the soft side of ecodesign; sustainable product development; sustainable design; decision-making; cognitive illusions; fallacies and biases in decision-making
National Category
Other Engineering and Technologies not elsewhere specified
Identifiers
urn:nbn:se:bth-17037 (URN)
Available from: 2018-09-25 Created: 2018-09-25 Last updated: 2018-10-04Bibliographically approved
Netz, J., Svensson, M. & Brundin, E. (2015). Adaptive strategizing: The role of affective expressions for effective crisis management.. In: Academy of Management Proceedings: . Paper presented at Academy of Management, 7-11th of August, Vancouver, Canada.
Open this publication in new window or tab >>Adaptive strategizing: The role of affective expressions for effective crisis management.
2015 (English)In: Academy of Management Proceedings, 2015Conference paper, Published paper (Refereed)
Abstract [en]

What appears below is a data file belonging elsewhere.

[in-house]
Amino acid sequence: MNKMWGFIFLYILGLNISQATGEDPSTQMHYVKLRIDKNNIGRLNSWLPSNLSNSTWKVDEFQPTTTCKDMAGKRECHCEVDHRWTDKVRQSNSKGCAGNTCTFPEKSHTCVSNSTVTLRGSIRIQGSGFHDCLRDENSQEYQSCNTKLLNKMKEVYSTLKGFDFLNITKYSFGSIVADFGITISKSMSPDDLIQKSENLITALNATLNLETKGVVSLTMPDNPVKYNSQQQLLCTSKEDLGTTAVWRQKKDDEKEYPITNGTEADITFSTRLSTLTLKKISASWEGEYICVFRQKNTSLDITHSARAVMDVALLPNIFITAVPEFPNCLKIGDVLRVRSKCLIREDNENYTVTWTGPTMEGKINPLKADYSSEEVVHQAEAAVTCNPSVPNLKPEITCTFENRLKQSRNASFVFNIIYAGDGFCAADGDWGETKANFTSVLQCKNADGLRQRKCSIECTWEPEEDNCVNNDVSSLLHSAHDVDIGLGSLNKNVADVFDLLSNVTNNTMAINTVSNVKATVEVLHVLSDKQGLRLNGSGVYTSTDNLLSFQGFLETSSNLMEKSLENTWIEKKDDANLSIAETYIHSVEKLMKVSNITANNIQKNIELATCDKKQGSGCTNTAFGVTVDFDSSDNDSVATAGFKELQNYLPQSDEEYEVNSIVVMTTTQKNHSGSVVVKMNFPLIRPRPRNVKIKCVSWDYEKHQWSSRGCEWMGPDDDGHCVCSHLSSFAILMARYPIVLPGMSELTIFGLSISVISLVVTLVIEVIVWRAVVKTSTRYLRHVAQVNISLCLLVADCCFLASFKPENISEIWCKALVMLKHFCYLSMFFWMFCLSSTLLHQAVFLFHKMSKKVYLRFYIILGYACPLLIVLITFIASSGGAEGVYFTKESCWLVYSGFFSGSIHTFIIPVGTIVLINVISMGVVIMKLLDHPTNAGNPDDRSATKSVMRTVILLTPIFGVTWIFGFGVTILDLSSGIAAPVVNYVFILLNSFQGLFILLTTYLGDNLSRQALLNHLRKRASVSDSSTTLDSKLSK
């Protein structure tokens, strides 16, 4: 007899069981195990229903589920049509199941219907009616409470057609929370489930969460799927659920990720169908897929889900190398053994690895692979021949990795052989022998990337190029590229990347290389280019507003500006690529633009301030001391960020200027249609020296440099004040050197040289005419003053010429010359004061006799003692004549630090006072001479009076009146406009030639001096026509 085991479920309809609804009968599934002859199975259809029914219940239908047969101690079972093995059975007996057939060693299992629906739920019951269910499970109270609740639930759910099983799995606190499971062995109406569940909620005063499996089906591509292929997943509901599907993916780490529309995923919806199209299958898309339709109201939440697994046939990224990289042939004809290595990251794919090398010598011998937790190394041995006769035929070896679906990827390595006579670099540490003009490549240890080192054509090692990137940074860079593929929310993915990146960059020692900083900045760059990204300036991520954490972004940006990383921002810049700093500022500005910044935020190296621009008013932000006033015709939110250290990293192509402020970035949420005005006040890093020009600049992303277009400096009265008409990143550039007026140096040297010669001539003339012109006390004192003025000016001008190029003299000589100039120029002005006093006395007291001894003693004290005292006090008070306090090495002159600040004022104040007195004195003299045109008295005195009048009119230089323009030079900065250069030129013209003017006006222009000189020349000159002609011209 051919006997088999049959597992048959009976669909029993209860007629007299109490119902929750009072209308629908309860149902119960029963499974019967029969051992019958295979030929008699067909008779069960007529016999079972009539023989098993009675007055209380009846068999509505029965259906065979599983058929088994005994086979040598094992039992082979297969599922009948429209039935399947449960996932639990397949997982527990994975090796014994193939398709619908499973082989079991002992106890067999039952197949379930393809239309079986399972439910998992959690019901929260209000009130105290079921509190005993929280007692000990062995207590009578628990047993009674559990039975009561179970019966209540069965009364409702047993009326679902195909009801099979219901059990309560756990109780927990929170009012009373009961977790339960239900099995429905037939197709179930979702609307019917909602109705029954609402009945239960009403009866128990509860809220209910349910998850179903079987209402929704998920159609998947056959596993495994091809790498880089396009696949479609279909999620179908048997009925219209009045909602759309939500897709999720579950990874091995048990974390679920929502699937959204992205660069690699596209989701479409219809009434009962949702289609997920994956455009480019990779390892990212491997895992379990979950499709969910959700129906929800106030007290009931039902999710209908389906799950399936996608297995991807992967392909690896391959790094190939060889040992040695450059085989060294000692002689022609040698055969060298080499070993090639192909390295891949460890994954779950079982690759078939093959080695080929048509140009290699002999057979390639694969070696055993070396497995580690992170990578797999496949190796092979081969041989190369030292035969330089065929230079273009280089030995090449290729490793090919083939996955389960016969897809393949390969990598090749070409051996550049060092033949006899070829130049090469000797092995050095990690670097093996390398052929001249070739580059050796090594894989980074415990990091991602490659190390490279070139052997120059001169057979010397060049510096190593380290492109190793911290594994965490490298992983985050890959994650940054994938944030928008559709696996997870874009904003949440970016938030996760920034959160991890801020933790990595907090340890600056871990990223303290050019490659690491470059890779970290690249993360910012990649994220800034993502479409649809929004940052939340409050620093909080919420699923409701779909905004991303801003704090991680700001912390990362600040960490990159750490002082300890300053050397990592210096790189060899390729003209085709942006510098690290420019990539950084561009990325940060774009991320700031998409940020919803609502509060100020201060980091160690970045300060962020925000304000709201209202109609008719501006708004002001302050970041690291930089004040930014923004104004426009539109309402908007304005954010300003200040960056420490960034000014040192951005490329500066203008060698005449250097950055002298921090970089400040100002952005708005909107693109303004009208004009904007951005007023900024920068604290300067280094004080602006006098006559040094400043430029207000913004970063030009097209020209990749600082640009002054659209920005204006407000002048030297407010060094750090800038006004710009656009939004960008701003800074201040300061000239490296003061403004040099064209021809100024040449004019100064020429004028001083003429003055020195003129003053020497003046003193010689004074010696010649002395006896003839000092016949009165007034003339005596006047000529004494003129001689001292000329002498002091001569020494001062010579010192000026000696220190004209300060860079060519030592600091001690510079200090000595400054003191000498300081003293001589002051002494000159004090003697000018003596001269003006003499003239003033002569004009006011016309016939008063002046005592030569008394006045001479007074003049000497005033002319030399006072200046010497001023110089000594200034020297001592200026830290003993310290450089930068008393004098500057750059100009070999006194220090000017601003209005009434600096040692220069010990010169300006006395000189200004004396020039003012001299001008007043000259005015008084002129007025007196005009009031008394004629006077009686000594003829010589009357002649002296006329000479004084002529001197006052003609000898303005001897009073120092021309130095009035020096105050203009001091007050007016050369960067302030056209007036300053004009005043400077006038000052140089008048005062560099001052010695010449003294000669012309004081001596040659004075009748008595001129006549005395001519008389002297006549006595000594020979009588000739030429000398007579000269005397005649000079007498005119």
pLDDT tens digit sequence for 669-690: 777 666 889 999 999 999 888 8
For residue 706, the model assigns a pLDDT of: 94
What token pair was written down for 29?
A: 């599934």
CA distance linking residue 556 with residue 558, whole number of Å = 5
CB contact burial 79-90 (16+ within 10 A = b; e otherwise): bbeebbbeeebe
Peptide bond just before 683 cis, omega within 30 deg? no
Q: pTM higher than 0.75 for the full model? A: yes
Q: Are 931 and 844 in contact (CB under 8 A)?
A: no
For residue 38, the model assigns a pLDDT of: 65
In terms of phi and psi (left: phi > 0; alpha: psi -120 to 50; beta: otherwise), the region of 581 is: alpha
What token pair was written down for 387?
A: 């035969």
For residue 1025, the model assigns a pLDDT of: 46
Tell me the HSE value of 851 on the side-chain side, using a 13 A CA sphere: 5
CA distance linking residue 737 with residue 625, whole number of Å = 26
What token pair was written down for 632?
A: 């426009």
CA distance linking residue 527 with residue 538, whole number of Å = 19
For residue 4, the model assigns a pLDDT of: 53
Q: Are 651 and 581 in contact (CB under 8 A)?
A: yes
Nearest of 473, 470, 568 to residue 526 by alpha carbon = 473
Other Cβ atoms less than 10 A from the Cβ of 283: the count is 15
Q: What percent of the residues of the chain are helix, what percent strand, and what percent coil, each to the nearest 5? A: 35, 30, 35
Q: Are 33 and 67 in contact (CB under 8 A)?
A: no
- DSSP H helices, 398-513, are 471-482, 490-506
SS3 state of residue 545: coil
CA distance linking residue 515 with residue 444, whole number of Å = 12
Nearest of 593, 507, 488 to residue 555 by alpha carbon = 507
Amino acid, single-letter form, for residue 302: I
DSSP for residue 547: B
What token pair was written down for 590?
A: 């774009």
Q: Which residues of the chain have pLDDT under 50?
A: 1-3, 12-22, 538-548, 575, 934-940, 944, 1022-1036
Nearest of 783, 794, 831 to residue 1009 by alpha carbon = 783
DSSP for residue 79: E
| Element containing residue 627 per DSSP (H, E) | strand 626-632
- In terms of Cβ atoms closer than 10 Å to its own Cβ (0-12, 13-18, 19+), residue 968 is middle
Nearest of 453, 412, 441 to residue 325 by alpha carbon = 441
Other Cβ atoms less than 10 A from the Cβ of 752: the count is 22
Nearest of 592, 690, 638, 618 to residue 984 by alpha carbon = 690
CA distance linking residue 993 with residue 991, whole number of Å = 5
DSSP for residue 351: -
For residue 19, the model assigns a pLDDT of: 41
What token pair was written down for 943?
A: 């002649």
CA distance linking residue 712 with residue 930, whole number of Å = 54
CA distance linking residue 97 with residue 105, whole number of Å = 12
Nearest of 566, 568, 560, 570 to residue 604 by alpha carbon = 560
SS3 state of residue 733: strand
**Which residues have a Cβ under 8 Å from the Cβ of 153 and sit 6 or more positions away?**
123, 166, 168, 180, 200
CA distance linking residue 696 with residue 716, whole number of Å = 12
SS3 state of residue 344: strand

This study sets out to investigate the role of affectivity in crisis management groups and its connection to effective crisis management. We studied the affective reactions in 23 crisis management groups in a major global corporation that participated in a global training program of crisis management. Our results elucidate a condition of asymmetrical affectivity, where positive expressions are associated with negative outcomes and negative expressions are associated with positive outcomes when groups commit to making sense of a crisis. These patterns were moderated by prior crisis experience at the organizational level as well as managerial behavior at the individual level. To explain this multi-level and dynamic complexity of crisis management effectiveness, we theorize a model of adaptive strategizing building on the strategy-as-practice perspective. The model contributes to the strategic management literature on organizational crisis, and especially the stream that focuses on social-emotional aspects of crisis management, by explaining why some organizations’ crisis management groups strategize more effectively than others.